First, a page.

• The Edison of our Age: Stan Ovshinsky and the Future of Energy [Video Interview Part 1]

    October 14 2008 / by joelg
    Category: Energy   Year: 2008   Rating: 4 Hot
    Recommended: over 8 years ago

    By Joel Greenberg

    If you had an opportunity to sit down and interview Thomas Edison, what would you ask him? That’s a similar position I found myself in at the recent NanoTX’08 conference in Dallas, TX. I asked Stanford Ovshinsky, founder of Energy Conversion Devices and Ovshinsky Innovations to sit down with me after he gave a keynote where we discussed, among other things, his plans for a 1 Gigawatt solar power plant that would produce electricity more cheaply than a coal fired plant.

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  • Steve Jurvetson (& Bill Green): Biology and Energy (Part 2)

    September 30 2008 / by Garry Golden
    Category: Energy   Year: General   Rating: 2
    Recommended: over 8 years ago

    One of our goals at The Energy Roadmap.com is to promote Big Thinkers who are able to translate the complexities of thinking about the future of energy into basic language and simple concepts. Bio energy is an emerging energy area that is widely confused with its current manifestation (e.g. plant life; corn ethanol) versus its future evolution (e.g. algae, bacteria and synthetic biology). Once again, we turn to Steve Jurvetson- for a look at this changing bio energy landscape.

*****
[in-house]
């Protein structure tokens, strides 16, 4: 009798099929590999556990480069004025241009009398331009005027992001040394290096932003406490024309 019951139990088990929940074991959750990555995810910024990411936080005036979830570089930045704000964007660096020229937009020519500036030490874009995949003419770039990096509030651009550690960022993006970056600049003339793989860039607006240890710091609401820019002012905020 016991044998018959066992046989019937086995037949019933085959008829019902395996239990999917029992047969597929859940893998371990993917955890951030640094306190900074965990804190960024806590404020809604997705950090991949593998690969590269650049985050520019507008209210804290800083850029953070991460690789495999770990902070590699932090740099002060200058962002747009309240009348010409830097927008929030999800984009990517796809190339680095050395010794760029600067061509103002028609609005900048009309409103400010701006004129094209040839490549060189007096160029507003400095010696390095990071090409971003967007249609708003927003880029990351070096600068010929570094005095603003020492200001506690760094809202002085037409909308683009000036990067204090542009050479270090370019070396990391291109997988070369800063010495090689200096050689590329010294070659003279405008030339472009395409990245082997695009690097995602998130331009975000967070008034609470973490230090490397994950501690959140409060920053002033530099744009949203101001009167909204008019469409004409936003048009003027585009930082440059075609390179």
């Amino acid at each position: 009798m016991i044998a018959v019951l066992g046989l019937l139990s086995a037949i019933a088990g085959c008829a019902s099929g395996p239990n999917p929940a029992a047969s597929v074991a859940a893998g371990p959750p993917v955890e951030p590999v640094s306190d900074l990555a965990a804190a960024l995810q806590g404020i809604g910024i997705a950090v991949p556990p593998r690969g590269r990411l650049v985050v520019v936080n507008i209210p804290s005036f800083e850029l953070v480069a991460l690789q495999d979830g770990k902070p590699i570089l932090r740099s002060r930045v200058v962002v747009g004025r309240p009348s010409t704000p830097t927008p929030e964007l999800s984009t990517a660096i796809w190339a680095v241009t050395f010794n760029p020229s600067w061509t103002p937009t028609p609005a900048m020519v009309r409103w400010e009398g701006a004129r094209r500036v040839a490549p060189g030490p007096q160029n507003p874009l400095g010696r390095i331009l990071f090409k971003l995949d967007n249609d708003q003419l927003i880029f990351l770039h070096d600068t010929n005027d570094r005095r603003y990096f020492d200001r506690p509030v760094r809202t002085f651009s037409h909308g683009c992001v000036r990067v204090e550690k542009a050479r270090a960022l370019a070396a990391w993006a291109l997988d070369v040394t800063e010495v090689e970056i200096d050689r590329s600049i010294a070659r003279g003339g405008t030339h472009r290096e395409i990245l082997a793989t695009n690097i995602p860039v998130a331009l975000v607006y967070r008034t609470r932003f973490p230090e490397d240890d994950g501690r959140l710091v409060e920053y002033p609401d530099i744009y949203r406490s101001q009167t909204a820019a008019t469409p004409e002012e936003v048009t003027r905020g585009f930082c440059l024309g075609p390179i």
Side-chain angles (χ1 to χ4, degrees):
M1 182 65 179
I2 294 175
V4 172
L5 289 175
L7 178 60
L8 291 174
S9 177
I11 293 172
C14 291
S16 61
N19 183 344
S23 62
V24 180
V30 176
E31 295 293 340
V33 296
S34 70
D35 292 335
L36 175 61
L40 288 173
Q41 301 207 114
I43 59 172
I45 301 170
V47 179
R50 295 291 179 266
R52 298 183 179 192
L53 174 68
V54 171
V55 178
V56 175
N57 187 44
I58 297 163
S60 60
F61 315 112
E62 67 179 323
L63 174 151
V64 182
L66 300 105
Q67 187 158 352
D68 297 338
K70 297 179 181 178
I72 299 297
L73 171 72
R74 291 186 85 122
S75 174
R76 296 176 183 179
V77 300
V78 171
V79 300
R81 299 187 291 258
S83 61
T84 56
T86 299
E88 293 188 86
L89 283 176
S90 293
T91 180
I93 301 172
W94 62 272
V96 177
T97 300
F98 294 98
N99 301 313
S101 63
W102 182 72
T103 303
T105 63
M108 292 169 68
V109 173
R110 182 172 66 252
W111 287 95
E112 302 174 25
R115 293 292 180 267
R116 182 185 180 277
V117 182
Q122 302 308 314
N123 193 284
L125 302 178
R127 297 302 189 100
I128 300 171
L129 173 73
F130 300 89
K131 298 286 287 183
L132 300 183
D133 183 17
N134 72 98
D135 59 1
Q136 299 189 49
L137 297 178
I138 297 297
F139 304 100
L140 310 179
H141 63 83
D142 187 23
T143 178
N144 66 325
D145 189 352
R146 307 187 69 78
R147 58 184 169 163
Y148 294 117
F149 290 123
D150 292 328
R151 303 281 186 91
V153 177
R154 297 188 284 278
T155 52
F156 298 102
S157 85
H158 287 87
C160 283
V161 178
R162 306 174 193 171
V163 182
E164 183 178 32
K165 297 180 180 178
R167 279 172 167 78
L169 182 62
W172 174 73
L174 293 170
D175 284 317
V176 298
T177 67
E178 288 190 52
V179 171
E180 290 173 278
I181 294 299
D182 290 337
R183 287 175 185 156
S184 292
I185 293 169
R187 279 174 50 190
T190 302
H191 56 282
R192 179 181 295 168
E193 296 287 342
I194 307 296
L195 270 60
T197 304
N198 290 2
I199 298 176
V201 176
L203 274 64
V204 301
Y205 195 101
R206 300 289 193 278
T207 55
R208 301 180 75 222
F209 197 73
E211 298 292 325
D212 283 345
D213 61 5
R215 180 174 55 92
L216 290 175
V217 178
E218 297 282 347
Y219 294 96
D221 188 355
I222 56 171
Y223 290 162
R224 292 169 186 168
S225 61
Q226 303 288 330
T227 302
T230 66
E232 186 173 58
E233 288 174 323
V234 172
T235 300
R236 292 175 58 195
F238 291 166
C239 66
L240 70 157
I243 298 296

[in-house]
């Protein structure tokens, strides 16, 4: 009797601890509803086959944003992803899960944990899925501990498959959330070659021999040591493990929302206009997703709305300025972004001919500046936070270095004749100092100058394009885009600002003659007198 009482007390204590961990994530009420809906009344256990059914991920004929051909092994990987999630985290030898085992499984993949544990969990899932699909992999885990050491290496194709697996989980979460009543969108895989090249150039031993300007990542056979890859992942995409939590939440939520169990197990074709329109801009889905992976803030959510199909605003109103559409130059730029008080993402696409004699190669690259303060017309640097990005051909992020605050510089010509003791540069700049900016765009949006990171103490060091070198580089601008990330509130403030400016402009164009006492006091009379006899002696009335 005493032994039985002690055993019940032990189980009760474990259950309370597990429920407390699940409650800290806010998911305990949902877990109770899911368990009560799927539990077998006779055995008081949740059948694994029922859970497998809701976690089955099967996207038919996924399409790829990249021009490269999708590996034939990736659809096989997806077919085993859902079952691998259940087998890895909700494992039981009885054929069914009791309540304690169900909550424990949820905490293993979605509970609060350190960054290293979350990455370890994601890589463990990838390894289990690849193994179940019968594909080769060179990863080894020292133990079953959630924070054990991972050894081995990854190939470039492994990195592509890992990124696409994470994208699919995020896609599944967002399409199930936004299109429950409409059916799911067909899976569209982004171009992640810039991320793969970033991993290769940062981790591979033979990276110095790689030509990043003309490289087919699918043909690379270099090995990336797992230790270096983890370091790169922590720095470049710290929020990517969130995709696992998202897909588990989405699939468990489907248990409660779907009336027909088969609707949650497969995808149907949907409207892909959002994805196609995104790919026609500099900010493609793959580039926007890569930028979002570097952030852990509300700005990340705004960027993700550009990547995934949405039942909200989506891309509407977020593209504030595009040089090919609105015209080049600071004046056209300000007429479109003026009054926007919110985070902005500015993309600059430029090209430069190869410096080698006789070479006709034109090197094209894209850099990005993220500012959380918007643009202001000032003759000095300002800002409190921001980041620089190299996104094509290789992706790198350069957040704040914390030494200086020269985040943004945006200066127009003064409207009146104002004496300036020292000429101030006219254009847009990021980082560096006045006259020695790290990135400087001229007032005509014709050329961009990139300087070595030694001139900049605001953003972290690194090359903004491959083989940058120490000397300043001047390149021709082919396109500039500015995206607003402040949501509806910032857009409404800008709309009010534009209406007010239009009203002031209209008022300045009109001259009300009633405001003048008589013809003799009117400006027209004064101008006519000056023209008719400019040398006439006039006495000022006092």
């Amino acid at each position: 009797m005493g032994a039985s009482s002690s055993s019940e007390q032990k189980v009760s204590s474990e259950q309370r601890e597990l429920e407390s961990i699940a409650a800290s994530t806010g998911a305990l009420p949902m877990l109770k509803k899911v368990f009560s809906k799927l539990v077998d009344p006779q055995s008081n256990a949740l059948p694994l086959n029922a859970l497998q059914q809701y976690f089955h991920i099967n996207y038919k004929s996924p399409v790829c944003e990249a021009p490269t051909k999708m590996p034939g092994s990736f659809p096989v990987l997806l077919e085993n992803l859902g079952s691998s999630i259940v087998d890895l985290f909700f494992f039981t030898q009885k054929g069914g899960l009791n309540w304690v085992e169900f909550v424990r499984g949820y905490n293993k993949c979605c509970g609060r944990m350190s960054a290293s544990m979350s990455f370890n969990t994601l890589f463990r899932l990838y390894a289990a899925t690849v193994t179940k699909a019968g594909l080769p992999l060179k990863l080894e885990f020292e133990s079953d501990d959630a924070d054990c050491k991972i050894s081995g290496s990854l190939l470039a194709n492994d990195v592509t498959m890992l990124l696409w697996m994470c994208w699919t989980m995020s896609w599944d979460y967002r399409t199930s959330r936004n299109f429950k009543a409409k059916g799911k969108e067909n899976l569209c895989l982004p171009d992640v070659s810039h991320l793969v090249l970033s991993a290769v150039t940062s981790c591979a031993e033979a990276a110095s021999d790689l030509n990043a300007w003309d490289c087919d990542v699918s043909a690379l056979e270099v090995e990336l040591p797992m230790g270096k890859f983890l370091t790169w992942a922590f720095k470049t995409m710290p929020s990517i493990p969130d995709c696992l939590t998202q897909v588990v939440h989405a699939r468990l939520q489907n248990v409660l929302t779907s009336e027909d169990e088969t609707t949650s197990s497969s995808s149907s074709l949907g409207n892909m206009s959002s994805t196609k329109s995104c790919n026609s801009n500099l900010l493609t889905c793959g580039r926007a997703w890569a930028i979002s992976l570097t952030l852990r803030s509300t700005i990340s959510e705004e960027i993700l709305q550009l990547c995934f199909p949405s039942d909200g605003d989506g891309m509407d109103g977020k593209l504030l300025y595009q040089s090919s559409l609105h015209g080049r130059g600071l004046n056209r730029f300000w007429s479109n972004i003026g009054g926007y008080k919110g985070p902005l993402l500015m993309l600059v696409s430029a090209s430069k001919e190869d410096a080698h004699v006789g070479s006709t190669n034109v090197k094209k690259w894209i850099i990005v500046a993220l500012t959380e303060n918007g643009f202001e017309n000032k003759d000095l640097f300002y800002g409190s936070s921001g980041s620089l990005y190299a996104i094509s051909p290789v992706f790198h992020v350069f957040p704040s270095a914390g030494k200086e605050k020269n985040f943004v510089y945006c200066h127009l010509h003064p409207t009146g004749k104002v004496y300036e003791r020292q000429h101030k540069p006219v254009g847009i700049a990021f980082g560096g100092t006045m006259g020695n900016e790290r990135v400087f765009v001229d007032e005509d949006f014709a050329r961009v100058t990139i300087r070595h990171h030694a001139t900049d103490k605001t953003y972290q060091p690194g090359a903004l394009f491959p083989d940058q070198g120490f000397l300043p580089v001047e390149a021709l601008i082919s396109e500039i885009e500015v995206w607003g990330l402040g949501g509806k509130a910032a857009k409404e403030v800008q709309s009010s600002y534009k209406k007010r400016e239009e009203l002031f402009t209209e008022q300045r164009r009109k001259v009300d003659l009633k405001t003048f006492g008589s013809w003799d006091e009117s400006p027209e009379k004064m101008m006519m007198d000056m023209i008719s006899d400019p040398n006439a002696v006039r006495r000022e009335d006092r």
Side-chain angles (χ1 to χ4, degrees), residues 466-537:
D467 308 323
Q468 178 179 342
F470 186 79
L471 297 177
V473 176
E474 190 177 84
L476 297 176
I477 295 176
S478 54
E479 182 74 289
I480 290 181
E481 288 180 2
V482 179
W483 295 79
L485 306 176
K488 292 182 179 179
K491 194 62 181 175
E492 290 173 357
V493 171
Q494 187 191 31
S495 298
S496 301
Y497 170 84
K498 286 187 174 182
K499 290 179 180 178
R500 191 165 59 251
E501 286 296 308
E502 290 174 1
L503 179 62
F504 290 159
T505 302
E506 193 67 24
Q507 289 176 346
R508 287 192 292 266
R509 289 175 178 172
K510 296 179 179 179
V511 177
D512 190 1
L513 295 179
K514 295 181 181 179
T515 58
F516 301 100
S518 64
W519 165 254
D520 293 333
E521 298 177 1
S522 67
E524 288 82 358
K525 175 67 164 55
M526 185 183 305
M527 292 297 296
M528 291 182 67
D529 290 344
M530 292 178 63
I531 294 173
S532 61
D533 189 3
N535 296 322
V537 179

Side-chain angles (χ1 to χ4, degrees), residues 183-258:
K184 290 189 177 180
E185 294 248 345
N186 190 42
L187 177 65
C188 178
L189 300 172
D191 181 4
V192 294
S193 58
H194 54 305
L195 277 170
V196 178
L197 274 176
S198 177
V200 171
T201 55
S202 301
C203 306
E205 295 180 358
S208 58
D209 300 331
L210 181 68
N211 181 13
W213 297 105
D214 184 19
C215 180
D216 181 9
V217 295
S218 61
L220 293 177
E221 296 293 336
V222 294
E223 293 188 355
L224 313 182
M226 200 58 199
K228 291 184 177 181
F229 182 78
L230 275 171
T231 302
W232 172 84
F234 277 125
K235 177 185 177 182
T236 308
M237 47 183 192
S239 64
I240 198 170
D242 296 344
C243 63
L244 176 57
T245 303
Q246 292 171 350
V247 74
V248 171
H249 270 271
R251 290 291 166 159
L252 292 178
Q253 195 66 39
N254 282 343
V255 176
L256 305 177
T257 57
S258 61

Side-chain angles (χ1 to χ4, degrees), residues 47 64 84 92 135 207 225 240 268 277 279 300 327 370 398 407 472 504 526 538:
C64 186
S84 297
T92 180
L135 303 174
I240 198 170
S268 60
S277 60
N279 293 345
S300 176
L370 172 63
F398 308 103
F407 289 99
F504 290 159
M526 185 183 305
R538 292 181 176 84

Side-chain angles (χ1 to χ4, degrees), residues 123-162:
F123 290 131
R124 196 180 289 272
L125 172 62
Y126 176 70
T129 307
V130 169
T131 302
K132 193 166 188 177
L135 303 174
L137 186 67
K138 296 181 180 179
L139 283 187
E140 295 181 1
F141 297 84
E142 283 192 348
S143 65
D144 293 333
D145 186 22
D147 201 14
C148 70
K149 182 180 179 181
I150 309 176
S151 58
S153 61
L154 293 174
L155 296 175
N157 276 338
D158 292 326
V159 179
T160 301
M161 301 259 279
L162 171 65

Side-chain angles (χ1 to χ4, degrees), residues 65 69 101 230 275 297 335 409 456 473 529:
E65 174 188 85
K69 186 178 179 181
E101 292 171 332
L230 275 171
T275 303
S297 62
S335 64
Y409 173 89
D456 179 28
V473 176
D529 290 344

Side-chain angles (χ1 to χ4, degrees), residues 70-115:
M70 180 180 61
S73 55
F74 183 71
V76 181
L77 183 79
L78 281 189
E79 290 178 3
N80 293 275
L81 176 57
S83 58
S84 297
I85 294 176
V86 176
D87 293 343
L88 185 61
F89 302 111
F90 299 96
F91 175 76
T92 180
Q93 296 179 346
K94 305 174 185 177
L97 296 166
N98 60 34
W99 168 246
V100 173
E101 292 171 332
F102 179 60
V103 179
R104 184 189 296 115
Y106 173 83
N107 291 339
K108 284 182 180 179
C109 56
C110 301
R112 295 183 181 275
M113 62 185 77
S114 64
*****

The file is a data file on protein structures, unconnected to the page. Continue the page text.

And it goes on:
In this 4 minute ZDNET presentation clip from AlwaysOn GoingGreen conference held on September 10-12th, 2008, moderator Awais Khan of KPMG asks the panel if algae biofuels are up to task of addressing short-comings of high oil prices.

    Looking forward – Synthetic Biology & Scalability
    Jurvetson hints at global interest and the implications of accelerating changes via synthetic biology. Bill Green of Vantage Point Venture Partners”Bill Green of Vantage Point Venture Partners addresses the issue of scaling production based on biology.

    Scaling is a commonly used barrier concept for most non-traditional forms of energy like solar and wind. Bio energy solutions (esp. algae/bacteria) will first have to overcome its own process complexities to compete against more predictable chemical engineering methods used in today’s energy industry.


    Also watch Video – Part I-


    Video Source: ZDNET

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